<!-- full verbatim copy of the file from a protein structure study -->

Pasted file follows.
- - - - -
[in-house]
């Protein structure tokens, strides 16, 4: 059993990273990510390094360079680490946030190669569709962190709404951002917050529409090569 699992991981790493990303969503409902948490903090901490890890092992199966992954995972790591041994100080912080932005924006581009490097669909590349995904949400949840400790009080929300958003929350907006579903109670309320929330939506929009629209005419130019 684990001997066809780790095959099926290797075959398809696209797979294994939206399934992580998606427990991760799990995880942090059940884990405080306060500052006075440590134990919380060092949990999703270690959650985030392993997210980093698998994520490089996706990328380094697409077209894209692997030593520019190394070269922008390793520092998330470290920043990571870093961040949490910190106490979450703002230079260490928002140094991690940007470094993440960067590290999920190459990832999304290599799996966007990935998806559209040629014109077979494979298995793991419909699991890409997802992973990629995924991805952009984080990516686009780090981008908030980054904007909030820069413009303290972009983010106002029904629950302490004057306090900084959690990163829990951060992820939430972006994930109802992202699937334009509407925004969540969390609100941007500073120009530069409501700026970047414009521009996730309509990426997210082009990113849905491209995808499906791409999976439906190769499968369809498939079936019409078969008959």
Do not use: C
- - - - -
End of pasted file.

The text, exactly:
[in-house]
């Protein structure tokens, strides 16, 4: 059993990273990510390094360079680490946030190669569709962190709404951002917050529409090569 699992991981790493990303969503409902948490903090901490890890092992199966992954995972790591041994100080912080932005924006581009490097669909590349995904949400949840400790009080929300958003929350907006579903109670309320929330939506929009629209005419130019 684990001997066809780790095959099926290797075959398809696209797979294994939206399934992580998606427990991760799990995880942090059940884990405080306060500052006075440590134990919380060092949990999703270690959650985030392993997210980093698998994520490089996706990328380094697409077209894209692997030593520019190394070269922008390793520092998330470290920043990571870093961040949490910190106490979450703002230079260490928002140094991690940007470094993440960067590290999920190459990832999304290599799996966007990935998806559209040629014109077979494979298995793991419909699991890409997802992973990629995924991805952009984080990516686009780090981008908030980054904007909030820069413009303290972009983010106002029904629950302490004057306090900084959690990163829990951060992820939430972006994930109802992202699937334009509407925004969540969390609100941007500073120009530069409501700026970047414009521009996730309509990426997210082009990113849905491209995808499906791409999976439906190769499968369809498939079936019409078969008959």
Do not use: C